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Garnik Asatrian

referred to fecundity and fruitfulness of the earth and people. It was considered as a character- istic reflex of birth, a progressive quality of a living being and life in general, ver- sus taciturnity and silence symbolizing death and the end of life. Laughter was con- sidered even as a magical means for

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Dick H. Luijendijk

, whom I did not meet before, seeing that I was a foreigner, came to me explaining the meaning of the zurkhaneh . He told me that the zurkhaneh was an Islamic tradition, and that the essence was similar to the performance of prayers ( namaz ) and that living the life of a javanmard was the same as living

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strove for spiritual power and influence within the ethnically closed tribal structure. The motives behind that struggle and mutual ri- valry were principally of a purely mundane nature: having such power meant an access to the resources essential for living, first and foremost fertile land and water

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Boghos Levon Zekiyan

earlier. Indeed, there does not exist any unchangeable ethno-cultural standard. Living people are no mummies. But this is not the question. The question is, on the contrary, in recognising a given ethnic com- munity in a continuity of language, traditions, religion, basic values and worldview, and so on

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Habib Borjian and Garnik Asatrian

who have lived a nomadic life, moving along the mountainous streams. Two factors, the terrain and the language set apart Talish from its neighbours. The densely vegetated mountainous Talish con- trasts the lowlands of Gil " n in the east and the dry steppe lands of Mugh " n in Azarb " i† " n (Aturp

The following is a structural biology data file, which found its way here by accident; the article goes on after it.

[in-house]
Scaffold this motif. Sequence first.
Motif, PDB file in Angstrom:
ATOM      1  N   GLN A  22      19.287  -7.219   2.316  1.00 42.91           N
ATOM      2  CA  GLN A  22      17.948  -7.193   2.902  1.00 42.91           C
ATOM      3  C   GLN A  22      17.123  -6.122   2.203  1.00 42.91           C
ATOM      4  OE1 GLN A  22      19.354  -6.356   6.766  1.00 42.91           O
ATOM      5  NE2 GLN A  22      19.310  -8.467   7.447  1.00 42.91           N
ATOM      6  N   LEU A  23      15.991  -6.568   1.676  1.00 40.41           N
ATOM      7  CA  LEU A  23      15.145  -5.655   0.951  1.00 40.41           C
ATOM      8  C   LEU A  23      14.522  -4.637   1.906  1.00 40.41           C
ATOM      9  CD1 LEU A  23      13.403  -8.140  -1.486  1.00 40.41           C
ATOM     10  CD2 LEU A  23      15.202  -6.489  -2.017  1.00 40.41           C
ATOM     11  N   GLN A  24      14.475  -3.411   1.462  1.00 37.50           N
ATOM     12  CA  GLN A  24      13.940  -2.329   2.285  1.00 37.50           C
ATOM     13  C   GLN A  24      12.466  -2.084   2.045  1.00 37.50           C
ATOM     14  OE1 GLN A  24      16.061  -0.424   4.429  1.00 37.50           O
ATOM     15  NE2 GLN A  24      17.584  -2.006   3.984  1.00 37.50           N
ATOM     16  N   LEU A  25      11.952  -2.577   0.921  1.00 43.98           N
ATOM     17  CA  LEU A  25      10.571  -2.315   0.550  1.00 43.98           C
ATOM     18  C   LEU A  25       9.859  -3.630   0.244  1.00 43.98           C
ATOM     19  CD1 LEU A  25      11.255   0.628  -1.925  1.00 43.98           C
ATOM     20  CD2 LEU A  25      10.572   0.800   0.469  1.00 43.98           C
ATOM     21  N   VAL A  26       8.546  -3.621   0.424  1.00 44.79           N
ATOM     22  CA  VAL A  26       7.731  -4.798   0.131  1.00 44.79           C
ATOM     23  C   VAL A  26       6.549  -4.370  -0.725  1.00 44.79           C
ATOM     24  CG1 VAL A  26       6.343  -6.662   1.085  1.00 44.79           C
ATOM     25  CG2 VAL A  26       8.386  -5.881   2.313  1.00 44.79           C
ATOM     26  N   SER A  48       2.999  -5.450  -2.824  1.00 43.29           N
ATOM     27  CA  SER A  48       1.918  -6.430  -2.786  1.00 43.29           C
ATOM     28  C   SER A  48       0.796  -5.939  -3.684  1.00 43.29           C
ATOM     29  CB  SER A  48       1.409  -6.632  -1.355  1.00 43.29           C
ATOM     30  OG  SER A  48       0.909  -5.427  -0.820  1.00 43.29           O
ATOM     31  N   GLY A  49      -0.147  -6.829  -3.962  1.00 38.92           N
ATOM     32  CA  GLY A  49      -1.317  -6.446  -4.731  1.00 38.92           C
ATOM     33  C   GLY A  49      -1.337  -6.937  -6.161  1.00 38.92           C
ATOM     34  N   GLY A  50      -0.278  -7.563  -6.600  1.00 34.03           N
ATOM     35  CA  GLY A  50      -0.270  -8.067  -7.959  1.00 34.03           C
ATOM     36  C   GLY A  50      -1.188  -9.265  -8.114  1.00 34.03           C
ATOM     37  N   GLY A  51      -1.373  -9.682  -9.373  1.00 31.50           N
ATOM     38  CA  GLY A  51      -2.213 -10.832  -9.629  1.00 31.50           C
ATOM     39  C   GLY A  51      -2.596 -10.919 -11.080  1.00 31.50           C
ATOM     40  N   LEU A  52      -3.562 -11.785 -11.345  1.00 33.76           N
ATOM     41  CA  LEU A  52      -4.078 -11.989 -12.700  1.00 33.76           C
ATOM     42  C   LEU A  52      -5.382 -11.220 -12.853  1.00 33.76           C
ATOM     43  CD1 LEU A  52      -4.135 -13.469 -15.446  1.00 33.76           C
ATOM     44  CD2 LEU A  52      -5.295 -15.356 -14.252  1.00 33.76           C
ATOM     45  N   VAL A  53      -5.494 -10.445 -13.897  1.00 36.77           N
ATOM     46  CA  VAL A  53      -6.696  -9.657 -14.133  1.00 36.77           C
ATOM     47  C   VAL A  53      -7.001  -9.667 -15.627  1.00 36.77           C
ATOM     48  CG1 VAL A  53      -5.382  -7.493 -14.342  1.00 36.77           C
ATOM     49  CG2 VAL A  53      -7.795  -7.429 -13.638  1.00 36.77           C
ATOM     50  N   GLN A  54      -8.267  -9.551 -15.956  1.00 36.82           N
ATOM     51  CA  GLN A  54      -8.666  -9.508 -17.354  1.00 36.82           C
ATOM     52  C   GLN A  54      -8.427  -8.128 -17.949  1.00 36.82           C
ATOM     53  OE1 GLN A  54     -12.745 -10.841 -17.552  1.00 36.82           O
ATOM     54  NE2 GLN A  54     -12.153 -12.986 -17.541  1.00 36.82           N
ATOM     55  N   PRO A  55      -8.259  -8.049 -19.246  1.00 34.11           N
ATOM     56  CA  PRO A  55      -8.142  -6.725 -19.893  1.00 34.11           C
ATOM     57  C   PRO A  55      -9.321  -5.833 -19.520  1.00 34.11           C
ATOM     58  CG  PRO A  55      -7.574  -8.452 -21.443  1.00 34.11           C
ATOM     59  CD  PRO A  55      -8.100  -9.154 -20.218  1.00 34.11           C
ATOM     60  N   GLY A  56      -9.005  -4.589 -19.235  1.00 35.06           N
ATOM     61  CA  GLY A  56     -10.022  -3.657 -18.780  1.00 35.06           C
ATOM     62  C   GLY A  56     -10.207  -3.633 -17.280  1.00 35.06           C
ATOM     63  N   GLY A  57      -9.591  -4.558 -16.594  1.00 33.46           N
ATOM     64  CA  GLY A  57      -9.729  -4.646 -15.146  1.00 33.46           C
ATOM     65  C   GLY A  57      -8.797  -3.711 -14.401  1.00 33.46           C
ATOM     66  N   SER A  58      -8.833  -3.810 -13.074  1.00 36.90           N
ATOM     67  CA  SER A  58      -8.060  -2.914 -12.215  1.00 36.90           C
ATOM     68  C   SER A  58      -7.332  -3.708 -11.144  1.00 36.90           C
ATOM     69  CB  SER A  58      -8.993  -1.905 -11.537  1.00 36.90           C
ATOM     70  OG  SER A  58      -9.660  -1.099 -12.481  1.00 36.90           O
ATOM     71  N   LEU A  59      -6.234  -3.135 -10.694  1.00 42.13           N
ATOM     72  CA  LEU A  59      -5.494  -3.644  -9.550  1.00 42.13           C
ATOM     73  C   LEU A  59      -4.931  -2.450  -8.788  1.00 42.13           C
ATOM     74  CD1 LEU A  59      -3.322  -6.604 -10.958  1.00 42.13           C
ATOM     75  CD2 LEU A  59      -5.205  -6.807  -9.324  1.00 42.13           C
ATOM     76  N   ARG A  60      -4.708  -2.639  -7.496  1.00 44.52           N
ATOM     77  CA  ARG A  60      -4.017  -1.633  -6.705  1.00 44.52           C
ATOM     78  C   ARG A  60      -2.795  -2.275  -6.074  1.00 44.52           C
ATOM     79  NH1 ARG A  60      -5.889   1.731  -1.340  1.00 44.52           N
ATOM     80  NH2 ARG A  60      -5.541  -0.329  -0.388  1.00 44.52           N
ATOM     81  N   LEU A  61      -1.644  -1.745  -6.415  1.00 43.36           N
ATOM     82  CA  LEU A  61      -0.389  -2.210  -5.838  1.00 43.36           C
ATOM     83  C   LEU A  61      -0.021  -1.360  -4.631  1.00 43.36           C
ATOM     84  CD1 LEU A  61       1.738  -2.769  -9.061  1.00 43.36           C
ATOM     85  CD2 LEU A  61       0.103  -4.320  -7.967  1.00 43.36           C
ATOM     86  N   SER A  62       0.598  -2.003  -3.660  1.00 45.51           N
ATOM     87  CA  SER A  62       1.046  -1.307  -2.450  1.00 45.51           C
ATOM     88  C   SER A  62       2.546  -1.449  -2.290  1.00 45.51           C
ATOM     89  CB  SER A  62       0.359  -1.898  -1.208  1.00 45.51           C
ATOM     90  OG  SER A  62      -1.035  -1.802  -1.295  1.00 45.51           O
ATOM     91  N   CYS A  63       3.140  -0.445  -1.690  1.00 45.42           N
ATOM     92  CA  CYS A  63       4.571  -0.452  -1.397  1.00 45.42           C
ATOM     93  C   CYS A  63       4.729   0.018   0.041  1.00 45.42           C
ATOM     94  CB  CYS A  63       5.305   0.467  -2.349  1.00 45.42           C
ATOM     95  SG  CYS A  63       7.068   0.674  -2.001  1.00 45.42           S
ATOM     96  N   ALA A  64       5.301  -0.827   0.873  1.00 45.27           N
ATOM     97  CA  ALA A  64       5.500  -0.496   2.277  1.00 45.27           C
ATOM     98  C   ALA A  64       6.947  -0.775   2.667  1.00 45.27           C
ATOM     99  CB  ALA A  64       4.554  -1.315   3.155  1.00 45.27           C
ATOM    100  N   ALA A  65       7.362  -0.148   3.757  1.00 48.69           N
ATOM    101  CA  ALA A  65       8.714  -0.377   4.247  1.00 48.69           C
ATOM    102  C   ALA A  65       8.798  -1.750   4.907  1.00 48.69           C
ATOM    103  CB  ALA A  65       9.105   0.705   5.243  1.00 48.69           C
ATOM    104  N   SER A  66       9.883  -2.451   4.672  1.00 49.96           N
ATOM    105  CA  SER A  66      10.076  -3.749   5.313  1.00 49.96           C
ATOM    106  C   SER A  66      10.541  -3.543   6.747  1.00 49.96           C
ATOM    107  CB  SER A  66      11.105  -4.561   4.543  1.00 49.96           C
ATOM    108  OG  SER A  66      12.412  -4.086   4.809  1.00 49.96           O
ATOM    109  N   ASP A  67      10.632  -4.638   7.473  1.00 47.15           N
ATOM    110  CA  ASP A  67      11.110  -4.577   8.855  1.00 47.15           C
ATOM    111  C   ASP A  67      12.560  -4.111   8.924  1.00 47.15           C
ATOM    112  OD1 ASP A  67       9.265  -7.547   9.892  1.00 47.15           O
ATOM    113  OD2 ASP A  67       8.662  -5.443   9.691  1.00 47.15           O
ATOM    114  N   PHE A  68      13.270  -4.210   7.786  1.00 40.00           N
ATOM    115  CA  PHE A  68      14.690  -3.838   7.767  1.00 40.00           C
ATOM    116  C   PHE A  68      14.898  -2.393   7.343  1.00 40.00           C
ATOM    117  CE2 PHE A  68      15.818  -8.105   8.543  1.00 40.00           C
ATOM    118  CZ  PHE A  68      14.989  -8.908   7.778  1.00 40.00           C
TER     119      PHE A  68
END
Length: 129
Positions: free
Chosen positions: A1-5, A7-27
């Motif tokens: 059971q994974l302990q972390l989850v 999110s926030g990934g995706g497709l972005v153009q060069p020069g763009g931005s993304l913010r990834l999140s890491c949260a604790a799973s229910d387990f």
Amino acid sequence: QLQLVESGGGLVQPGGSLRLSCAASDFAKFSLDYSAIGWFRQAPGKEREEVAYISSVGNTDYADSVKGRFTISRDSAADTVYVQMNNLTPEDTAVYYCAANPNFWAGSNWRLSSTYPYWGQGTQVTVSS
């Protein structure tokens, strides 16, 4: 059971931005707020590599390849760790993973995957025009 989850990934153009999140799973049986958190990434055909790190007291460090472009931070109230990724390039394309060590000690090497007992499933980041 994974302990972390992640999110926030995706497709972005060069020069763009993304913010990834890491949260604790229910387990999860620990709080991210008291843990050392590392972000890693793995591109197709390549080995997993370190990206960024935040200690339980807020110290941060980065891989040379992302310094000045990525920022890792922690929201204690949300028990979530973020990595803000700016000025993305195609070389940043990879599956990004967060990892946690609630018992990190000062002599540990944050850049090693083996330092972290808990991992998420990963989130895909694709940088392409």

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Dan Shapira

distinguishing these people from the Shi‘ite Persians; it is fruitless to speculate whether the Soviets were motivated by desire to insert a D. D. Y. Shapira / Iran and the Caucasus 14 (2010) 265-278 268 Dari ) and Ça atay, or Eastern Turki , a language with grand prestige in which Ali êr Navâ’î (Navo

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to create a more ‘statistically signifi- cant’ and, hopefully, unbiased portrait of the country” (p. 427). At best, this reasoning is viable in the native country, certainly not the case for sporadic contacts, and in communication with the mostly dis- sident Iranians living in the United States

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Caspar ten Dam

- tion broke a taboo, or was either too grave or not grave enough to jus- tify a tit-for-tat response. Raid Attack on persons and properties of another family, clan, village, tribe or foreign enemy in order to survive, sustain one’s fighting skills or avenge a wrong; if revenge does not motivate the

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Vahram Petrosian

the best-edu- cated people in the country and took high-ranking posts in virtually all spheres of life. A great lot of non-political Chaldean clubs mush- roomed all over the country. While the positive side of being apoliti- cal is quite obvious, there were also some serious losses. Assyro- Chaldeans

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Ara Papian

inhabitants, of whatever race or relig- ious belief they may be, in this stricken country, attempting to exercise also the A. Papian / Iran and the Caucasus 11 (2007) 255-294 264 strictest possible justice toward the populations, whether Turkish, Kurdish, Greek, or Armenian, living in the adjacent areas